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HANDS no face.jpg

People physically hold their emotions in their bodies, manifesting disease and pain. The Drift of Hands is the story of a traveling health researcher who finds her own wounds are deeply connected to the scars of three others.  As they work to heal their physical ailments she learns to release her past trauma and restore love. 



Chapter 1 [sample]

The human hand is precise. Even the clumsy swollen hand of the bacon cook as he stripes a black pan with gristle and meat. Watching her, distracted, with learned empathy. Boredom. Her hands were thin from change, worn. Molding bark into bookcases for leathered books, Tol often understood. But his world stagnated in physical habit and tortured her freedom. The heart is not so precise. He would, when in this deep water, dive. 


Chapter  3 [sample]


I was a small child when the glass myth was first told to me. Pale eyes whose dry ducts teared grey, I was prone to illness and to quick recovery when my mother’s honey drops coated my parched throat and her wanderers’ tales filled my impatient ears. But father had wandered too far and the tales ended at eleven. The pot of lozenges long abandoned.


Chapter 5 [sample]

The carpenter smooths the back of the table, dusting off the edges with a thick-veined hand.  He steps back to admire the carved, cream-colored board.  With the scent of wood and the lingering sound of drums from his den he can barely hear her question.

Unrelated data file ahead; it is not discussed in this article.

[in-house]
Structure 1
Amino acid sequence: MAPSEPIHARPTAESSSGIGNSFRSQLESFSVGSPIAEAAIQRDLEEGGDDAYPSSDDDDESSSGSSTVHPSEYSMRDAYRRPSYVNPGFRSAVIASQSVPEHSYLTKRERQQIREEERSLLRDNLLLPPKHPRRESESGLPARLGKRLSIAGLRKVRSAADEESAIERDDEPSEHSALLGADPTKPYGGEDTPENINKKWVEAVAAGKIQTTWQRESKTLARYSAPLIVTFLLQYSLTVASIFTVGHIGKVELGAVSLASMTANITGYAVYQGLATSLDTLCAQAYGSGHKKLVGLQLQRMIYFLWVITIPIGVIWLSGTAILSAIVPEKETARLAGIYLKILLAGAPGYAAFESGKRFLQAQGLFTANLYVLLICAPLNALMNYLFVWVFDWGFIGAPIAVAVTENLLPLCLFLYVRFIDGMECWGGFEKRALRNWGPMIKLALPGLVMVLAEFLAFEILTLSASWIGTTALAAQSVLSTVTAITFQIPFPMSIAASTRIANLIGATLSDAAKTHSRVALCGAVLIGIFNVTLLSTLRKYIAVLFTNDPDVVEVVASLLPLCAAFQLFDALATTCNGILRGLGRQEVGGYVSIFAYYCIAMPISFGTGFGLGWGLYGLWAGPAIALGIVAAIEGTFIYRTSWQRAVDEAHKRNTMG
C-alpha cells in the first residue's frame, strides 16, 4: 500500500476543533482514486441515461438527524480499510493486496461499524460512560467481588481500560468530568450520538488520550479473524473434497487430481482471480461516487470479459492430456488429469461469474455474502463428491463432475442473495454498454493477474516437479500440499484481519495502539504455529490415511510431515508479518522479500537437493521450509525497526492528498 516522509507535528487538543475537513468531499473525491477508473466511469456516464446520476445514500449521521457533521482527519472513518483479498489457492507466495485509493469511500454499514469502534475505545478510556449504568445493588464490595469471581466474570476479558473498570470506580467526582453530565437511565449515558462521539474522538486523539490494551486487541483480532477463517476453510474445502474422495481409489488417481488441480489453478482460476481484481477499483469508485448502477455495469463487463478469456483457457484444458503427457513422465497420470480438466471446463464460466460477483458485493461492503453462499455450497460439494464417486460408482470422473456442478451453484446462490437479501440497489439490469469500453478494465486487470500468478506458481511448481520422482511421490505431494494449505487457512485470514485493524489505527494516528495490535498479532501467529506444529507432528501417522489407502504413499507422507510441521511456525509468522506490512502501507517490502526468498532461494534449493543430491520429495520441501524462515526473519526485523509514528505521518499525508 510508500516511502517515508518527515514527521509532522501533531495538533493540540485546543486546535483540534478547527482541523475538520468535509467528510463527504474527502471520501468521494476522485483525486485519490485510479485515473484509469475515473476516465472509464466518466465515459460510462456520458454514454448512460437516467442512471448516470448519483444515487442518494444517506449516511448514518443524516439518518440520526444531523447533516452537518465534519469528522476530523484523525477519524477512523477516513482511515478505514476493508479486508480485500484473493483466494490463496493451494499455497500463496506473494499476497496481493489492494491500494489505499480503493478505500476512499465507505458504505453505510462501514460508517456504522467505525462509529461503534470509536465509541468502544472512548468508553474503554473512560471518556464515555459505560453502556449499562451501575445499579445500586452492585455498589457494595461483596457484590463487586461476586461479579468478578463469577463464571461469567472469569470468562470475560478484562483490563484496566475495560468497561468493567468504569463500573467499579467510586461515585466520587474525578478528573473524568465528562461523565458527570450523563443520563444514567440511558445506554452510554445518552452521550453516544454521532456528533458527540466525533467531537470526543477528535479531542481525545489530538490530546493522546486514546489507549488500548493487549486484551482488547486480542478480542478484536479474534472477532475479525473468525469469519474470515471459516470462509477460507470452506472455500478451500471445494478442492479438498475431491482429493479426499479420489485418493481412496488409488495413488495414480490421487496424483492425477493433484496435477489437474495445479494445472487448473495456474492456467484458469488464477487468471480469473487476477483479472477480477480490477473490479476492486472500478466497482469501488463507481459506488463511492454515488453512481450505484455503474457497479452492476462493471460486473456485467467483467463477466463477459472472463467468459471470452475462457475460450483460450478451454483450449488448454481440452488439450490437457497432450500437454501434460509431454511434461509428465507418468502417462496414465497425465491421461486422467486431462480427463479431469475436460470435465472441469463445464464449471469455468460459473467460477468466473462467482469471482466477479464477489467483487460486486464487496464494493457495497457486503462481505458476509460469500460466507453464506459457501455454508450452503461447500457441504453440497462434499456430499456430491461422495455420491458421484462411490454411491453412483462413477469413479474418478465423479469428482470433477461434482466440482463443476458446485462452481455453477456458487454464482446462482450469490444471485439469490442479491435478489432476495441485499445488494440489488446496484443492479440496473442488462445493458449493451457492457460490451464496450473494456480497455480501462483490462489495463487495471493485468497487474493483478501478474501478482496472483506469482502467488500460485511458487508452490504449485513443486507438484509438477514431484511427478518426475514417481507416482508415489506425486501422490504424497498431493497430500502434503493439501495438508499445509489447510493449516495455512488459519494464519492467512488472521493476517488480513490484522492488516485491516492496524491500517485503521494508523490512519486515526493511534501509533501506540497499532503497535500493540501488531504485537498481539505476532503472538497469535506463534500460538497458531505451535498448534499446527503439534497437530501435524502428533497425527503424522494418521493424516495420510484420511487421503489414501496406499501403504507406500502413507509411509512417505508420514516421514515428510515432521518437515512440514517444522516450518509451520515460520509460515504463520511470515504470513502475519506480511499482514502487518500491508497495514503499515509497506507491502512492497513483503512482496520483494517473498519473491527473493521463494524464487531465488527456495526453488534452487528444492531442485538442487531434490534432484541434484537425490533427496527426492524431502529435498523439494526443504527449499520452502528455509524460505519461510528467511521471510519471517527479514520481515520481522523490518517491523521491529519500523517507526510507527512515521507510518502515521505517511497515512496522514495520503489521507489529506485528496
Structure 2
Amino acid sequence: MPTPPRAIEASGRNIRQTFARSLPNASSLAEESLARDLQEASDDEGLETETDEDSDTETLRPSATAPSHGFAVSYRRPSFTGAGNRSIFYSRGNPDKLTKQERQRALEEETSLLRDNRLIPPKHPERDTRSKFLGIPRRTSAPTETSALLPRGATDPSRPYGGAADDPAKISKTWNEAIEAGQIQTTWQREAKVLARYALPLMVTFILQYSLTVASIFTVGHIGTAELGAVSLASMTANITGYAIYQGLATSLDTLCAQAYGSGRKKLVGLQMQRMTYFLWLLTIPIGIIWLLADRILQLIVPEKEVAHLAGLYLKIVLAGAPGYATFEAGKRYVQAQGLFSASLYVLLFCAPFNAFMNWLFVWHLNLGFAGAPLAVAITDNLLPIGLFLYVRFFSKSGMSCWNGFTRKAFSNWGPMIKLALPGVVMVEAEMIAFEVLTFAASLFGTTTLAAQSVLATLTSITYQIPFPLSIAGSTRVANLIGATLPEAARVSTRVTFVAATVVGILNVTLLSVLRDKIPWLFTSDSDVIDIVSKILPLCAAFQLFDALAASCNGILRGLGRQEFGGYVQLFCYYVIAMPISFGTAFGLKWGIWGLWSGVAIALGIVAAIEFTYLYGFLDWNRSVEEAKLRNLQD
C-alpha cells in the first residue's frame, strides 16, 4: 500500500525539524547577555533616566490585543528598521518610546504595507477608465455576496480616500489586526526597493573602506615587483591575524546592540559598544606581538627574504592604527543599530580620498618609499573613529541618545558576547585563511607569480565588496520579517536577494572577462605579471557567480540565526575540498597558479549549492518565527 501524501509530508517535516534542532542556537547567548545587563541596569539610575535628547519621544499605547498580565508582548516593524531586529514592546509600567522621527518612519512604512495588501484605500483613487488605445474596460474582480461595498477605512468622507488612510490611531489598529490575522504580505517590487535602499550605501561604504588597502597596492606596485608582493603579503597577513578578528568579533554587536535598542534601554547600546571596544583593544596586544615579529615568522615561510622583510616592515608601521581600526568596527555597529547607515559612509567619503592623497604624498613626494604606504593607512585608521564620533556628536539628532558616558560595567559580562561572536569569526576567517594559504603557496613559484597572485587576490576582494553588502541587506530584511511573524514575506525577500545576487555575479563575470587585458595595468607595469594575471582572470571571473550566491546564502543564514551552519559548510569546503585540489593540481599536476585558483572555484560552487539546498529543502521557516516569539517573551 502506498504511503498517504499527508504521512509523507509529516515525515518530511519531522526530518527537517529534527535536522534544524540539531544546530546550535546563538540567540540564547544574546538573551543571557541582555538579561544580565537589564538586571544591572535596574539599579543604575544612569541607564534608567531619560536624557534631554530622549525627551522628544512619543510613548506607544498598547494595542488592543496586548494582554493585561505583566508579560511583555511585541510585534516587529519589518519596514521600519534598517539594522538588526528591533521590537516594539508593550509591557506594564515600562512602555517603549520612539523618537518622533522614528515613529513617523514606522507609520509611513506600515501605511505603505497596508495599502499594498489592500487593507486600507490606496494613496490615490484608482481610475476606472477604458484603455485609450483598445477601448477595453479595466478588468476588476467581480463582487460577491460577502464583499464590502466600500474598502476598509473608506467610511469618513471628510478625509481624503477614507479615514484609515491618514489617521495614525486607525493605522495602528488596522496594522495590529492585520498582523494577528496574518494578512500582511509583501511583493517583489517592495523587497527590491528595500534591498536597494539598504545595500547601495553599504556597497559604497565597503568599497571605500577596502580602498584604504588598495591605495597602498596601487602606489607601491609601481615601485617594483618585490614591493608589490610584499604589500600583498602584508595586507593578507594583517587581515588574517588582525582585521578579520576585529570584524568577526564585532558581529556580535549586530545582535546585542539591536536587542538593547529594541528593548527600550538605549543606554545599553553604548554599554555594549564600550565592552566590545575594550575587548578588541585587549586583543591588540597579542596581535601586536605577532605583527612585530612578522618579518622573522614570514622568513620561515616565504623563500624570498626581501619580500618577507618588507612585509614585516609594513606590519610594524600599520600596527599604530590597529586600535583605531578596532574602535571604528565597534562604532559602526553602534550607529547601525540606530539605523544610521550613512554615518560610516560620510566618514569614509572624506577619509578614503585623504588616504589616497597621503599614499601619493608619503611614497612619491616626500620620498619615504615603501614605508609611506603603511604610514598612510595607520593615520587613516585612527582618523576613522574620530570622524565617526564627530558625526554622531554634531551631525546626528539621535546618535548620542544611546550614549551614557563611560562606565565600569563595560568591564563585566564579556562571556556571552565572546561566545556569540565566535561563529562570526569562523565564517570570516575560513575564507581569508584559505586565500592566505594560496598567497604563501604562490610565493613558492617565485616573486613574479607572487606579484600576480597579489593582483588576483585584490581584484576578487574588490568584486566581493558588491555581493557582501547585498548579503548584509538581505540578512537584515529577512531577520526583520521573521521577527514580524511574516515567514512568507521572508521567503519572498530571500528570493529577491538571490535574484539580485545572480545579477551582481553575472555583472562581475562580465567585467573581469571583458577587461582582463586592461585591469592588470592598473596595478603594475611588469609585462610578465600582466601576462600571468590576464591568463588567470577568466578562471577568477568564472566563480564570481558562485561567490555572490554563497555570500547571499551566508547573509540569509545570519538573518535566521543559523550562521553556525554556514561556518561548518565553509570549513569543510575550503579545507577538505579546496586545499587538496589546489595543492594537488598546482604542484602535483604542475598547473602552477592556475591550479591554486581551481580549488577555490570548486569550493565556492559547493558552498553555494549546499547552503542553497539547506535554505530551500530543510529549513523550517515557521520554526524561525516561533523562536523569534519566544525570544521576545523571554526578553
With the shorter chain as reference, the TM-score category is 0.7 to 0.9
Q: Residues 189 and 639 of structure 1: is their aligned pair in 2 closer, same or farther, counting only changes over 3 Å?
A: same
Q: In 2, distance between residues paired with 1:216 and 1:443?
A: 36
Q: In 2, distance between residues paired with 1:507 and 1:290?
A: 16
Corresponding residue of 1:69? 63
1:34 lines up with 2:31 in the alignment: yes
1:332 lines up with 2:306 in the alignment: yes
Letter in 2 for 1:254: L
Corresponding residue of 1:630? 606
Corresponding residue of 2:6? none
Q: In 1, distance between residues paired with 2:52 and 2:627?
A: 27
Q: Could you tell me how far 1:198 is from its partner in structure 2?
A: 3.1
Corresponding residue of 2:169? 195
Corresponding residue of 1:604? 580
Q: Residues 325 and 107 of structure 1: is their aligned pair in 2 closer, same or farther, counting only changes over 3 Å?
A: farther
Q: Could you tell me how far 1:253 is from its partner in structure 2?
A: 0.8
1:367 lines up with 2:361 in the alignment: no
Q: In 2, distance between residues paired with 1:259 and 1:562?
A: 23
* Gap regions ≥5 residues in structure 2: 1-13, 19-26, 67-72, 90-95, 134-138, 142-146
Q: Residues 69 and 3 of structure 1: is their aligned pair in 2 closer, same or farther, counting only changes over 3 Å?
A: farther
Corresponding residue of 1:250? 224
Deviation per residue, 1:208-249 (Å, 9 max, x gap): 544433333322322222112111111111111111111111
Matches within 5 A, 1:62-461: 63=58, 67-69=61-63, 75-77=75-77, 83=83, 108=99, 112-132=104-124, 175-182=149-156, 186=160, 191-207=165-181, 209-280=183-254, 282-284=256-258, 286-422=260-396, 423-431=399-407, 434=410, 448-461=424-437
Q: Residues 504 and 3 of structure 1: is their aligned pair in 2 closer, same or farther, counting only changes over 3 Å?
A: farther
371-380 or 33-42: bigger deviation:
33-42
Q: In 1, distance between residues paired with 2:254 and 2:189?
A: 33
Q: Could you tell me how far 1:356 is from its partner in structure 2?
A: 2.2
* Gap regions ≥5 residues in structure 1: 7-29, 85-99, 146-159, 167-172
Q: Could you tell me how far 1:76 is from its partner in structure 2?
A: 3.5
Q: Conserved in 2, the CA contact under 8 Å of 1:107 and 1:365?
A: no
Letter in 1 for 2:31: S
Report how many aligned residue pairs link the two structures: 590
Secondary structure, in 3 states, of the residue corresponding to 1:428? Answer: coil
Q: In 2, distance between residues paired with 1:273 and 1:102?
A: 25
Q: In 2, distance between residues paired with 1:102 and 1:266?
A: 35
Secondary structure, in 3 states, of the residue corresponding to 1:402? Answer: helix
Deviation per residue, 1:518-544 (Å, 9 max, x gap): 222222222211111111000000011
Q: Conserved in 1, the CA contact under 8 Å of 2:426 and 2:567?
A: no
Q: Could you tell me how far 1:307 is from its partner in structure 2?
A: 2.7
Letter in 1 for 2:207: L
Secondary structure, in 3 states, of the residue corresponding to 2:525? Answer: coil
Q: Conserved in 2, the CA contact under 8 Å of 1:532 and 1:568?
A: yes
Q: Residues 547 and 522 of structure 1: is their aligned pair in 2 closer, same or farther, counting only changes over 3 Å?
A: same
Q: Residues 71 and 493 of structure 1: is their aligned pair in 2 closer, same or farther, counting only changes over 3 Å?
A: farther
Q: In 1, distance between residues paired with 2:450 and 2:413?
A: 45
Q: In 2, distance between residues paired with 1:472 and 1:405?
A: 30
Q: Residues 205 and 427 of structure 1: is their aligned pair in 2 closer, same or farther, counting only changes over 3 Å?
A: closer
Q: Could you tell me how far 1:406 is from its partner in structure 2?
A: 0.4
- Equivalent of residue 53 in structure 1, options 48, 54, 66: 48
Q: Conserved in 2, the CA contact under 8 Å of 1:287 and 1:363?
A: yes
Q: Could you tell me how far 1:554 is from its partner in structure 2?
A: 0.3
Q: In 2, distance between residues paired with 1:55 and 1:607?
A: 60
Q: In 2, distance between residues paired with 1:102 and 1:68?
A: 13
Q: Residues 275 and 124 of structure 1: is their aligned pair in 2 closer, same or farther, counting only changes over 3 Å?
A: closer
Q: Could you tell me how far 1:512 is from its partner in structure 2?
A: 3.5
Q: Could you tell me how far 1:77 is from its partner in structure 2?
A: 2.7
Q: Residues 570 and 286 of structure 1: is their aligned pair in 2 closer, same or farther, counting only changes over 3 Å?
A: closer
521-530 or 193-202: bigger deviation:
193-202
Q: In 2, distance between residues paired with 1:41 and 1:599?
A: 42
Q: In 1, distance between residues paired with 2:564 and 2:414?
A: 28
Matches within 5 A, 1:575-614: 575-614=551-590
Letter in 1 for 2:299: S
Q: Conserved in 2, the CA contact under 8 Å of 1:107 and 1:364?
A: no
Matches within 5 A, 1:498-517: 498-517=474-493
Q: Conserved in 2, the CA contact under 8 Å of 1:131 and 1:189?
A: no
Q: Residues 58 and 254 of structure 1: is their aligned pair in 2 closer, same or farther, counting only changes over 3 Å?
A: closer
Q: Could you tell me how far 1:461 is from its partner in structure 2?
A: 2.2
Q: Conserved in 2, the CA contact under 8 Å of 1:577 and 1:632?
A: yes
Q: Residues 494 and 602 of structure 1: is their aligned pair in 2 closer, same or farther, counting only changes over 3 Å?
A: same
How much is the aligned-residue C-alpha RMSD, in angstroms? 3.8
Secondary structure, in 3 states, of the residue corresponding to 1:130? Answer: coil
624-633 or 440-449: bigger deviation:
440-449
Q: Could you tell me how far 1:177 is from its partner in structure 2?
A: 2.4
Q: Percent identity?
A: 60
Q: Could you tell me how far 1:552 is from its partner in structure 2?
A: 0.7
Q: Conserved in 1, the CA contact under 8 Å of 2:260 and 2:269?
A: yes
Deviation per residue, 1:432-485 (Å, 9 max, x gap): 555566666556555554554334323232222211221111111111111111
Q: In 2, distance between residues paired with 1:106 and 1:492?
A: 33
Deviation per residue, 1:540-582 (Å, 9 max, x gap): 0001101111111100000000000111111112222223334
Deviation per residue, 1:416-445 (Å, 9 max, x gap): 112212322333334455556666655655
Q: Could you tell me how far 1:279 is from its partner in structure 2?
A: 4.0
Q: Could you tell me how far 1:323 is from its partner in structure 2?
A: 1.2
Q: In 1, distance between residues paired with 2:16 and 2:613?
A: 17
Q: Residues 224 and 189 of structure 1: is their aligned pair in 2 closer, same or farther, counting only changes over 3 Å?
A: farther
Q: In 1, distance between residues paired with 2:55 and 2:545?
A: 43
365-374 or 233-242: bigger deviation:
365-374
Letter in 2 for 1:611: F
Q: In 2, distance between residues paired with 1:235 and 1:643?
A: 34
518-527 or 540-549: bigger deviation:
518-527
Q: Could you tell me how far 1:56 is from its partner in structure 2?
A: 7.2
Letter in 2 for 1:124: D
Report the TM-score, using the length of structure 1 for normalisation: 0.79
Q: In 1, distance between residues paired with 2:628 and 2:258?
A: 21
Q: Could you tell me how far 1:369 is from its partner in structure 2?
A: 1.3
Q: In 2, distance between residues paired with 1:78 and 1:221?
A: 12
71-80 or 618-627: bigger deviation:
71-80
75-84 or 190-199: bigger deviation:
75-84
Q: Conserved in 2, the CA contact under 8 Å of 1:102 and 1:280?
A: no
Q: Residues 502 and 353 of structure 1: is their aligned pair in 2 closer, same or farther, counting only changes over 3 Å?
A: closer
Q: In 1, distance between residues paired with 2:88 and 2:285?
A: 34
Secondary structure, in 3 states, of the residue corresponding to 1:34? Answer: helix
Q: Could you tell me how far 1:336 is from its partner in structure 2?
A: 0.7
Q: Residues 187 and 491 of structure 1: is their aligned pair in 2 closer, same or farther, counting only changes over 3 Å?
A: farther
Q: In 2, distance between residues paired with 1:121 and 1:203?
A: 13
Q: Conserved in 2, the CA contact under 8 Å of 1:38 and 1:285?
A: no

Chapter 7 [sample]

Choking on the dust, the mare screams over the scorched earth. The writhing wind comes. The nostrils of the beast flare finding the fleeting air. The ground heaves with every beat of the mare’s hooves. Its mane wrestles with the storm. The smell of wild horses tangles with a rain cloud and begins to darken the stampede. The earth is soon shadowed by the sky and the air thickens. The animals align, descend on the camp, then scatter behind the shadows. Paralyzed, I was unprepared for the thunder. 

I can still hear the hooves dancing with Enata’s drum. The thunder barely a hum until the mare passes and it can resume its bellowing rage. The mare passing …its legs turning her heavy bronze body in a circle. Flares the four directions. Bates the wind. In the last glare of lightning I see a young woman astride the golden body of wildness. She calls to her horse in the rain. Her voice a high pitch amid the rumblings. I see them rage towards me  in pursuit of the hills behind me, looking for escape. The eyes of the beast reflect the intermittent shards of light. Still unable to move my feet I grab my coat to wave to her, signal the voice. The woman, now closer, signals to stand…to run. 


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